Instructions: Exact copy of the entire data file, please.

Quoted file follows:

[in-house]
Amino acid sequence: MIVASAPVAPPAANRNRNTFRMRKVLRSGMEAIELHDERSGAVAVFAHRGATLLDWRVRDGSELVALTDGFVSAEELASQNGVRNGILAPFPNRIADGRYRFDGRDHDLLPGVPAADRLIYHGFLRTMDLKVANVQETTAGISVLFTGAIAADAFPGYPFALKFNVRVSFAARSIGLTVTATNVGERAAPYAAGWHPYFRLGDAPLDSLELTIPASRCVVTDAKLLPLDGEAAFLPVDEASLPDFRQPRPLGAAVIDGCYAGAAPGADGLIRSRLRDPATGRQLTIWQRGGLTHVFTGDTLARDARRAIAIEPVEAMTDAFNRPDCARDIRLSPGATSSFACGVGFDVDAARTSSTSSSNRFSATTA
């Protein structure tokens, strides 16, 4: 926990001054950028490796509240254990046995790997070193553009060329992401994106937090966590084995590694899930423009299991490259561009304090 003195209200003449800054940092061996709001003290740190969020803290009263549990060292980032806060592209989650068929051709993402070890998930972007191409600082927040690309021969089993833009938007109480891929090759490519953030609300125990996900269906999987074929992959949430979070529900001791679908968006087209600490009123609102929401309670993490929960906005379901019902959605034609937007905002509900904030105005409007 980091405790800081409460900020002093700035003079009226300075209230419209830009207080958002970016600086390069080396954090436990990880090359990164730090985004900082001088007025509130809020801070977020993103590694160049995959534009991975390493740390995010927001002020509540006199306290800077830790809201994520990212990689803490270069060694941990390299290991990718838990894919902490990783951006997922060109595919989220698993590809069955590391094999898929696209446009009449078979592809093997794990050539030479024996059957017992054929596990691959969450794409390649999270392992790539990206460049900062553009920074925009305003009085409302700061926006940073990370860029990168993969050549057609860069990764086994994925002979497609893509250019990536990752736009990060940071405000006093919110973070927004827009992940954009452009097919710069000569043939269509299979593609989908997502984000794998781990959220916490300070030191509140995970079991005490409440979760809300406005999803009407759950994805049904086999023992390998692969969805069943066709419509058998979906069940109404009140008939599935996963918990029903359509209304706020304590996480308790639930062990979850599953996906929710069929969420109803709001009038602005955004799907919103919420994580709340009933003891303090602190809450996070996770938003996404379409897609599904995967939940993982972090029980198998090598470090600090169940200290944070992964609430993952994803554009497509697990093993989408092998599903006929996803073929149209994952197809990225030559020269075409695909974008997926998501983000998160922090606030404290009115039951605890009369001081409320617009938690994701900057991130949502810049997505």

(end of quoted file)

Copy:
[in-house]
Amino acid sequence: MIVASAPVAPPAANRNRNTFRMRKVLRSGMEAIELHDERSGAVAVFAHRGATLLDWRVRDGSELVALTDGFVSAEELASQNGVRNGILAPFPNRIADGRYRFDGRDHDLLPGVPAADRLIYHGFLRTMDLKVANVQETTAGISVLFTGAIAADAFPGYPFALKFNVRVSFAARSIGLTVTATNVGERAAPYAAGWHPYFRLGDAPLDSLELTIPASRCVVTDAKLLPLDGEAAFLPVDEASLPDFRQPRPLGAAVIDGCYAGAAPGADGLIRSRLRDPATGRQLTIWQRGGLTHVFTGDTLARDARRAIAIEPVEAMTDAFNRPDCARDIRLSPGATSSFACGVGFDVDAARTSSTSSSNRFSATTA
């Protein structure tokens, strides 16, 4: 926990001054950028490796509240254990046995790997070193553009060329992401994106937090966590084995590694899930423009299991490259561009304090 003195209200003449800054940092061996709001003290740190969020803290009263549990060292980032806060592209989650068929051709993402070890998930972007191409600082927040690309021969089993833009938007109480891929090759490519953030609300125990996900269906999987074929992959949430979070529900001791679908968006087209600490009123609102929401309670993490929960906005379901019902959605034609937007905002509900904030105005409007 980091405790800081409460900020002093700035003079009226300075209230419209830009207080958002970016600086390069080396954090436990990880090359990164730090985004900082001088007025509130809020801070977020993103590694160049995959534009991975390493740390995010927001002020509540006199306290800077830790809201994520990212990689803490270069060694941990390299290991990718838990894919902490990783951006997922060109595919989220698993590809069955590391094999898929696209446009009449078979592809093997794990050539030479024996059957017992054929596990691959969450794409390649999270392992790539990206460049900062553009920074925009305003009085409302700061926006940073990370860029990168993969050549057609860069990764086994994925002979497609893509250019990536990752736009990060940071405000006093919110973070927004827009992940954009452009097919710069000569043939269509299979593609989908997502984000794998781990959220916490300070030191509140995970079991005490409440979760809300406005999803009407759950994805049904086999023992390998692969969805069943066709419509058998979906069940109404009140008939599935996963918990029903359509209304706020304590996480308790639930062990979850599953996906929710069929969420109803709001009038602005955004799907919103919420994580709340009933003891303090602190809450996070996770938003996404379409897609599904995967939940993982972090029980198998090598470090600090169940200290944070992964609430993952994803554009497509697990093993989408092998599903006929996803073929149209994952197809990225030559020269075409695909974008997926998501983000998160922090606030404290009115039951605890009369001081409320617009938690994701900057991130949502810049997505």